Experiential Education in the College Context provides college and university faculty with pedagogical approaches that engage students and support high-impact learning. Organized around four essential categories―active learning, integrated learning, project-based learning, and community-based learning―this resource offers examples from across disciplines to illustrate principles and best practices for designing and implementing experiential curriculum in the college and university setting. Framed by theory, this book provides practical guidance on a range of experiential teaching and learning approaches, including internships, civic engagement, project-based research, service learning, game-based learning, and inquiry learning. At a time when rising tuition, consumer-driven models, and e-learning have challenged the idea of traditional liberal education, this book provides a compelling discussion of the purposes of higher education and the role experiential education plays in sustaining and broadening notions of democratic citizenship.Community Review
It’s in the title: If you are looking for a resource that quickly lays out some big ideas related to experiential education AND a way to put those big ideas to work within an academic setting, begin here. The “ecosystem of experiential education” that Roberts presents is clear, yet flexible. The progression of the book through definitions, models and methodologies, and on through assessment is helpful and well-connected to seminal work in the area (such as backward design), while also giving a nod to current ideas and approaches. I particularly appreciated the focus on good facilitation within the teaching/learning process, as well as the attention paid to how to think about the assessment of experiential education. As for the critique of online learning at the end of the book…though Roberts’ main point was well-taken, perhaps a bit too much is lumped together—MOOCs, eportfolios, software, mobile devices—for a critique that is as nuanced as the rest of the book. That aside—couldn’t help wishing that this book had been on hand when I was first learning how to teach at the college level. A great place to start for a wide variety of academics and postsecondary instructors, especially those who are invested in community-engaged teaching practices.
Roberts’ book as been incredibly helpful as a faculty member and administrator working to increase experiential learning at my institution. We’ve adopted Roberts’ “experiential educational ecosystem” as our primary model for what we’re trying to accomplish at our university. It’s a great mix of robust theoretical grounding and helpful practical advice. The work addresses key issues such as facilitation of experiential educational opportunities, proper framing, and assessment. I highly recommend it to anyone interested in implementing experiential education — in any way — at the classroom level and up.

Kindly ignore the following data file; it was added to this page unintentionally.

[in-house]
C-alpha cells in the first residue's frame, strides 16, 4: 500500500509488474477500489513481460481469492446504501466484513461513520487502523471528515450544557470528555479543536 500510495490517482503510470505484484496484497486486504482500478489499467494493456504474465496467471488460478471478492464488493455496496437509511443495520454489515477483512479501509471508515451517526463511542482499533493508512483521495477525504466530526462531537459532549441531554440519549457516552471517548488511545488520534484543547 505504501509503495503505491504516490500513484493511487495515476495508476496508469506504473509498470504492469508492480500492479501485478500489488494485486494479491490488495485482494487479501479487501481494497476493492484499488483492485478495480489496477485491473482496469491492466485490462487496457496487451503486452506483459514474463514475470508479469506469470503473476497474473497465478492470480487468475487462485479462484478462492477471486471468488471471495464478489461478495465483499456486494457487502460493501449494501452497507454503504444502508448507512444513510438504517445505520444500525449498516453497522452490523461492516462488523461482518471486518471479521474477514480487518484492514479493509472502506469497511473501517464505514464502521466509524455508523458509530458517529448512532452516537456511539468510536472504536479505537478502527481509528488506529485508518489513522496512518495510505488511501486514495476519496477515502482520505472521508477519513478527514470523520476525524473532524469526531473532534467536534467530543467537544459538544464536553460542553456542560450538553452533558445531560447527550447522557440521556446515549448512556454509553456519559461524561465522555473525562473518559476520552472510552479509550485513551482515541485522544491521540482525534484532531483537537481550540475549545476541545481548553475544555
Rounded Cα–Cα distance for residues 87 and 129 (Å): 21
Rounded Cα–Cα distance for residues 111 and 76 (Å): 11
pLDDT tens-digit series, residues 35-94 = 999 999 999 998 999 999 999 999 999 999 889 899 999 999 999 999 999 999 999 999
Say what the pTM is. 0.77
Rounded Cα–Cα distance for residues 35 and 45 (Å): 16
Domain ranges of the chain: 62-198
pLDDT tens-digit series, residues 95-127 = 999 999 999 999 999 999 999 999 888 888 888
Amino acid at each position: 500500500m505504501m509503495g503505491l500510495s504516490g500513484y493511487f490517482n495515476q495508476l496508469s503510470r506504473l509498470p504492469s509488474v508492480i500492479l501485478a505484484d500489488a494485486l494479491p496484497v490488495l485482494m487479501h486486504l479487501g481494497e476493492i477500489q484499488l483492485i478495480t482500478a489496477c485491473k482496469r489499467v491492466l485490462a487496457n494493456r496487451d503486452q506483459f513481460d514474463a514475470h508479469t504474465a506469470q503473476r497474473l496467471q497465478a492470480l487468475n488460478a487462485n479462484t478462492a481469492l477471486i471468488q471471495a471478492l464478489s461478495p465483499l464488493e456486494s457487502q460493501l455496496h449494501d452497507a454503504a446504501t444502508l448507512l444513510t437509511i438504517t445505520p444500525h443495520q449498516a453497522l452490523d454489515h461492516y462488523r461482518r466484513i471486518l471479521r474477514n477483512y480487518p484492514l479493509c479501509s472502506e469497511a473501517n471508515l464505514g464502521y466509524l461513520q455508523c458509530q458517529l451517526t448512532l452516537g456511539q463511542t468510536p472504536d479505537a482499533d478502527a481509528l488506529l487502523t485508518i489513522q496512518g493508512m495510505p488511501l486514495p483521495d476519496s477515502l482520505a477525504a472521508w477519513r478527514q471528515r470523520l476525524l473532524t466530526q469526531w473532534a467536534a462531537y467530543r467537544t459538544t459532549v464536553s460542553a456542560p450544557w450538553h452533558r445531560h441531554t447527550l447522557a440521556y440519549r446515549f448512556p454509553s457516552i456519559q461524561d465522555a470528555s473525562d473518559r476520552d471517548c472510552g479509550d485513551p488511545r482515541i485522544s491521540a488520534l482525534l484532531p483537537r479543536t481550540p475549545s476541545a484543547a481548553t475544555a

- Getting ready to go to college might be a hectic and nervous time in your life. This is perfectly understandable, you are taking a big step and will probably be living away from home for the first time ever. Don’t fret, this article will provide you with some great tips on how you can be ready.No matter how long it may seem to take or what you have to go through in the process, don’t ever give up on your collegiate career! In the heat of the moment, something or someone may hold more appeal than all the studying and endless exams, but in the end, that certificate of graduation will be well worth whatever you have to do to get it.Try and keep a part-time job throughout your college career; as tough as it may be to balance work and studies, the extra money, you make can make a big difference. If you have a huge amount of money to pay back once you are finished, life will be much more difficult after graduation so try and work your way through it.Socialize in moderation. Socialization is an important part of the college experience. Just remember to balance visiting friends and keeping your grades up. It can be easy to lose track of time and procrastinate. Save late night outings for nights when you do not have class the very next day.Before taking a test, do a thorough review of your notes. Studying is crucial for a test, but a complete review of your notes just before taking the test can keep the information fresh in your mind. The fresher the information is in your mind, the more easily you can remember it during the test. This can better your performance drastically.It is important to choose your classes wisely. Try to avoid taking a lot of classes that you are going to have to devote a lot of time and attention to all at once. Instead, alternate these harder courses with easier ones to make your semester and college experience a much easier one.We are hoping that after reading this article you will be more prepared to face your college experience head on. These tips are tried and true and should help you get the most out of leaving home. Remember to stay positive and hopefully you will be the best you can be in college.